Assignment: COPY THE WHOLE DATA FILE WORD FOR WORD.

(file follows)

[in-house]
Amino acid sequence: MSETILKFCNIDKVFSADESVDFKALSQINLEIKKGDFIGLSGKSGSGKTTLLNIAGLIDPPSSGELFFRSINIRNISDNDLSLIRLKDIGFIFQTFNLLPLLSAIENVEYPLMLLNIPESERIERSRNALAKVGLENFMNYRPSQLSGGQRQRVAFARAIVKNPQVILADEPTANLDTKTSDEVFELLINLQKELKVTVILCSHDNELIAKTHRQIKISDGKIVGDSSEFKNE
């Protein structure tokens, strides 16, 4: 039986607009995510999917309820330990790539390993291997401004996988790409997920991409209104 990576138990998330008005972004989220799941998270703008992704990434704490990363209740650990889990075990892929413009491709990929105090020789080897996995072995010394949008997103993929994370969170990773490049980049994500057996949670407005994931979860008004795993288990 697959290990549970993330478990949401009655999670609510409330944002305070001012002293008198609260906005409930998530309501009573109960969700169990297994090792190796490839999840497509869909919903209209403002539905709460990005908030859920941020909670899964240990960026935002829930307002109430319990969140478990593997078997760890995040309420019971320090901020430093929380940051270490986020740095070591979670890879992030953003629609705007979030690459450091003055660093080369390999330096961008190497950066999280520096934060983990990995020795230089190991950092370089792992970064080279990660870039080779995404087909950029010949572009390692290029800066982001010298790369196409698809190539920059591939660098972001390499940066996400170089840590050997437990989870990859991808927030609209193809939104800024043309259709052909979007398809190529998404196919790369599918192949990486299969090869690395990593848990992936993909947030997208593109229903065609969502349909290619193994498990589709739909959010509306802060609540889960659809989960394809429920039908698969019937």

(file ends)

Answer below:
[in-house]
Amino acid sequence: MSETILKFCNIDKVFSADESVDFKALSQINLEIKKGDFIGLSGKSGSGKTTLLNIAGLIDPPSSGELFFRSINIRNISDNDLSLIRLKDIGFIFQTFNLLPLLSAIENVEYPLMLLNIPESERIERSRNALAKVGLENFMNYRPSQLSGGQRQRVAFARAIVKNPQVILADEPTANLDTKTSDEVFELLINLQKELKVTVILCSHDNELIAKTHRQIKISDGKIVGDSSEFKNE
């Protein structure tokens, strides 16, 4: 039986607009995510999917309820330990790539390993291997401004996988790409997920991409209104 990576138990998330008005972004989220799941998270703008992704990434704490990363209740650990889990075990892929413009491709990929105090020789080897996995072995010394949008997103993929994370969170990773490049980049994500057996949670407005994931979860008004795993288990 697959290990549970993330478990949401009655999670609510409330944002305070001012002293008198609260906005409930998530309501009573109960969700169990297994090792190796490839999840497509869909919903209209403002539905709460990005908030859920941020909670899964240990960026935002829930307002109430319990969140478990593997078997760890995040309420019971320090901020430093929380940051270490986020740095070591979670890879992030953003629609705007979030690459450091003055660093080369390999330096961008190497950066999280520096934060983990990995020795230089190991950092370089792992970064080279990660870039080779995404087909950029010949572009390692290029800066982001010298790369196409698809190539920059591939660098972001390499940066996400170089840590050997437990989870990859991808927030609209193809939104800024043309259709052909979007398809190529998404196919790369599918192949990486299969090869690395990593848990992936993909947030997208593109229903065609969502349909290619193994498990589709739909959010509306802060609540889960659809989960394809429920039908698969019937």